From Brooklyn Centre Wiki
|Born|| about 1805|
|Resting Place||Denison Cemetery|
|Spouse(s)||Mary Matilda Fish (1819-1873)|
|Parents||James Sawtell, Sr. and Susannah (surname unknown)|
Occupation: Barrel maker (Cooper per 1850 Census)
Political Affiliation: Whig
A letter published in the Cleveland Plain Dealer from Benjamin Sawtell details some of the struggles he endured during a brief time working as a gold miner during 1850.
(As published Oct 25, 1850 in the Cleveland Plain Dealer)
Latest from California -- An Interesting Letter from Benj. Sawtell, Esq.
Cold Spring Diggings, Sept. 8th
DEAR FRIEND GRAY: -- Sunday morning has again returned, and my neighbor miners have already commenced thier usual sports. Some are shooting, some gambling, and others are standing around the drinking shops pouring down liquor to keep their spirits up; and I can think of no better way to dispel the gloom that hangs over me, on this day more than all others, than to avail myself of the only alternative of communication (the pen) to write you a few lines, just to give you a picture of what is going on in this God forsaken country.
In my imagination, I have this moment returned from my native land, where with an eye of fancy I took a peep into my own pleasant domicil at Brooklyn Center; there I saw my wife and three children sitting around the old hearth stone, or preparing for church. My numberous friends in Old Cuyahoga next passed in review before my eye; the iron shod steps of the Plain Dealer I passed up with a quick step and seized a paper; sent up a fervent petition for my enemies, if I have any, jumped into a train of thought, all ready on the telegraph, and now I find myself in a valley between these abandoned hills, where I have been incessantly laboring to gather up the particles of gold that have been so long agitating the credulity of the public mind.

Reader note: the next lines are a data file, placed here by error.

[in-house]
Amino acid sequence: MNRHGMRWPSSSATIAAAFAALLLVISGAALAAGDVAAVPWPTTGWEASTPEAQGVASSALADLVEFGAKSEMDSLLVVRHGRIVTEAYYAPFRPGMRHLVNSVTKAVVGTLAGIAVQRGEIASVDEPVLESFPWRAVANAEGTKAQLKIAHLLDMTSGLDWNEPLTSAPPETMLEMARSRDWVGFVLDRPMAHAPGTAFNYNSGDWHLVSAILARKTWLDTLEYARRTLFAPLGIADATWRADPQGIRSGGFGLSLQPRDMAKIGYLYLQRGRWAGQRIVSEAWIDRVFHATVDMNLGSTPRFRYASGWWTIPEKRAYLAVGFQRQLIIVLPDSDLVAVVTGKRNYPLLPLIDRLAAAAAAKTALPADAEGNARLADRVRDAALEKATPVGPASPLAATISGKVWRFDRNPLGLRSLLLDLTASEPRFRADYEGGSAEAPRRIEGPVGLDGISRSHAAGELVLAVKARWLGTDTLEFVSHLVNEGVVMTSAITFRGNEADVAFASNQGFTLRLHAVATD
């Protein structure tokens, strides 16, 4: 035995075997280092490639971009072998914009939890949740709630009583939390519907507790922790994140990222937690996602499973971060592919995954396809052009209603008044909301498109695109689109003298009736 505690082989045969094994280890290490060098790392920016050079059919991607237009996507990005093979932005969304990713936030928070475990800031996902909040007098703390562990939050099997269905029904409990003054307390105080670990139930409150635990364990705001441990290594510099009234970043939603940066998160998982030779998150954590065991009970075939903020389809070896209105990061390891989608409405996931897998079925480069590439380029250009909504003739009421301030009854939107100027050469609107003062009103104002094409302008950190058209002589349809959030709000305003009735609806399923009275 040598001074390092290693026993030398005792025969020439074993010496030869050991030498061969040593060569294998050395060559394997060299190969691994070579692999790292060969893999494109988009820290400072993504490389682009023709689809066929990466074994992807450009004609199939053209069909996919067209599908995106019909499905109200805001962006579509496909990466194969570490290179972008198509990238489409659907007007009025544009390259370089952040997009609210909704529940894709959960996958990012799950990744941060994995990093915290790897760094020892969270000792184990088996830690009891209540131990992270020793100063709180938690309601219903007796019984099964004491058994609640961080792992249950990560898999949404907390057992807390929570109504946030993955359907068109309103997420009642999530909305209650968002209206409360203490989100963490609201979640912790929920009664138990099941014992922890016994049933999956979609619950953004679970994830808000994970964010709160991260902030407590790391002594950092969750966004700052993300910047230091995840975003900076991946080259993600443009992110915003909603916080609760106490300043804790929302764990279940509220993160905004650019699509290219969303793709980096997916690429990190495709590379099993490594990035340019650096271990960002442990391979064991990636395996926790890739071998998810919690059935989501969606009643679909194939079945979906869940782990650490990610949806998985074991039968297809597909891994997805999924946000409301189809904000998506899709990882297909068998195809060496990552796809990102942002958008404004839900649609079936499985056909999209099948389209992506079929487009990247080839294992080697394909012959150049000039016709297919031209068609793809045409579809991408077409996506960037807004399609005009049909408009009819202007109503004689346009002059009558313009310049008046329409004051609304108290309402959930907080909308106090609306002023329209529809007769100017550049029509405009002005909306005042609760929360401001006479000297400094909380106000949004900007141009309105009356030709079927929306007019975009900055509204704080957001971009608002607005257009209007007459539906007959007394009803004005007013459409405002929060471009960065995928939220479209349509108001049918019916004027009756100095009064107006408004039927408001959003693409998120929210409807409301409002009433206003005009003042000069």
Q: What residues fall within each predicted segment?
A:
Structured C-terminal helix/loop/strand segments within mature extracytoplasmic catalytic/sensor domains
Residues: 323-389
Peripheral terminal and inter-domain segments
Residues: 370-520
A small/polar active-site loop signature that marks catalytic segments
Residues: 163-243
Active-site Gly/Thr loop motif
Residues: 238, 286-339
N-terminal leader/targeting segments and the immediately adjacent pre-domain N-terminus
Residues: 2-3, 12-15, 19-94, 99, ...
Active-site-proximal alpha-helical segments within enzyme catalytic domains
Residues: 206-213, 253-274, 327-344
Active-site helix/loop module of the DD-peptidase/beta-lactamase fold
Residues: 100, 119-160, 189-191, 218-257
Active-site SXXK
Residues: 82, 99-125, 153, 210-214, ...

Here are hundreds of men from different parts of the States, the most of whom are strapped of every dime, and unable to fit themselves with a set of mining tools, which cost about $50. Some are at work for their board only; some get two or three dollars per day; and others are strolling about in a state of desperation, entirely without means to return home. Their appearance puts me in mind of the man we read of in Scripture "who had been going to and fro in the earth, and walking up and down therein."
Many are coming from the North Diggings who have not been able to get a place to work and are going to the South, bringing unfavorable accounts of those who are operating there; many that were here last Season have returned again, bringing with them a number of men at a great expense, and now find themselves entirely ruined; their companies have dissolved and every man left to work out his own salvation as best he can. The ground about the diggings is literally covered with men, and still they come; all doomed to a woful [sic] disappointment, if not a failure. Although some who hae remained here through the season, have raised large dams and turned the rivers from their beds, have made large strikes, and even some of those have been a failure.